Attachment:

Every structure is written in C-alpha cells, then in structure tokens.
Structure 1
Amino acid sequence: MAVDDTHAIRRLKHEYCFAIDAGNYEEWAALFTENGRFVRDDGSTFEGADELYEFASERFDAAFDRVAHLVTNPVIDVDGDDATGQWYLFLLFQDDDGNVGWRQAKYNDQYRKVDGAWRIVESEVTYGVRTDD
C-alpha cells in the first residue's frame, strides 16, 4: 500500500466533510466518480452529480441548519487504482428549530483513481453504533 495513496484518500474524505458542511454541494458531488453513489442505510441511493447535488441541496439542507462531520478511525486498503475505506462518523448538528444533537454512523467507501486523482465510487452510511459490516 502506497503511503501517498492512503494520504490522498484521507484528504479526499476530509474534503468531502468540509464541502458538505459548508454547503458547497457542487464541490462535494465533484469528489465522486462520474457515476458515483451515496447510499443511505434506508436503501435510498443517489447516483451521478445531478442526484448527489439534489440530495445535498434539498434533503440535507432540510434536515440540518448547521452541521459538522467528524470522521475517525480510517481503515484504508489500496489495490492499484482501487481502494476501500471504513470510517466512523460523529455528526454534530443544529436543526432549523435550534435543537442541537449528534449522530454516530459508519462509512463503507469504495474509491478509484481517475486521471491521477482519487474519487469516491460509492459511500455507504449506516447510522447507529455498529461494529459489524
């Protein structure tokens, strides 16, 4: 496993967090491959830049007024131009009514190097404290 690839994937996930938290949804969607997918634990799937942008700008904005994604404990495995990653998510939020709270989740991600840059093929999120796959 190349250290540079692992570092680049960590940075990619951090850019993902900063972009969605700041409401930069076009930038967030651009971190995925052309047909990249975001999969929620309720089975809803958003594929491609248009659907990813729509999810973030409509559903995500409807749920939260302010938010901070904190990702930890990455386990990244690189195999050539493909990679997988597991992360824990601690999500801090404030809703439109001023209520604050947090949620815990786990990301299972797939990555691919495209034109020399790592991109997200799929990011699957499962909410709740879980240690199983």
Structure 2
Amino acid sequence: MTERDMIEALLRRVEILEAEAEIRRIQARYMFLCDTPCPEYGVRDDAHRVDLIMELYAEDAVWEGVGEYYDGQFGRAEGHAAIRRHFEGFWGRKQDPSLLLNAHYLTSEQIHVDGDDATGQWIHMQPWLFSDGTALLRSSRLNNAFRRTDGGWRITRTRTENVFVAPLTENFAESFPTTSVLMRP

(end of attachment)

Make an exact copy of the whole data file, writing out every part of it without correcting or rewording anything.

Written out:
Every structure is written in C-alpha cells, then in structure tokens.
Structure 1
Amino acid sequence: MAVDDTHAIRRLKHEYCFAIDAGNYEEWAALFTENGRFVRDDGSTFEGADELYEFASERFDAAFDRVAHLVTNPVIDVDGDDATGQWYLFLLFQDDDGNVGWRQAKYNDQYRKVDGAWRIVESEVTYGVRTDD
C-alpha cells in the first residue's frame, strides 16, 4: 500500500466533510466518480452529480441548519487504482428549530483513481453504533 495513496484518500474524505458542511454541494458531488453513489442505510441511493447535488441541496439542507462531520478511525486498503475505506462518523448538528444533537454512523467507501486523482465510487452510511459490516 502506497503511503501517498492512503494520504490522498484521507484528504479526499476530509474534503468531502468540509464541502458538505459548508454547503458547497457542487464541490462535494465533484469528489465522486462520474457515476458515483451515496447510499443511505434506508436503501435510498443517489447516483451521478445531478442526484448527489439534489440530495445535498434539498434533503440535507432540510434536515440540518448547521452541521459538522467528524470522521475517525480510517481503515484504508489500496489495490492499484482501487481502494476501500471504513470510517466512523460523529455528526454534530443544529436543526432549523435550534435543537442541537449528534449522530454516530459508519462509512463503507469504495474509491478509484481517475486521471491521477482519487474519487469516491460509492459511500455507504449506516447510522447507529455498529461494529459489524
């Protein structure tokens, strides 16, 4: 496993967090491959830049007024131009009514190097404290 690839994937996930938290949804969607997918634990799937942008700008904005994604404990495995990653998510939020709270989740991600840059093929999120796959 190349250290540079692992570092680049960590940075990619951090850019993902900063972009969605700041409401930069076009930038967030651009971190995925052309047909990249975001999969929620309720089975809803958003594929491609248009659907990813729509999810973030409509559903995500409807749920939260302010938010901070904190990702930890990455386990990244690189195999050539493909990679997988597991992360824990601690999500801090404030809703439109001023209520604050947090949620815990786990990301299972797939990555691919495209034109020399790592991109997200799929990011699957499962909410709740879980240690199983």
Structure 2
Amino acid sequence: MTERDMIEALLRRVEILEAEAEIRRIQARYMFLCDTPCPEYGVRDDAHRVDLIMELYAEDAVWEGVGEYYDGQFGRAEGHAAIRRHFEGFWGRKQDPSLLLNAHYLTSEQIHVDGDDATGQWIHMQPWLFSDGTALLRSSRLNNAFRRTDGGWRITRTRTENVFVAPLTENFAESFPTTSVLMRP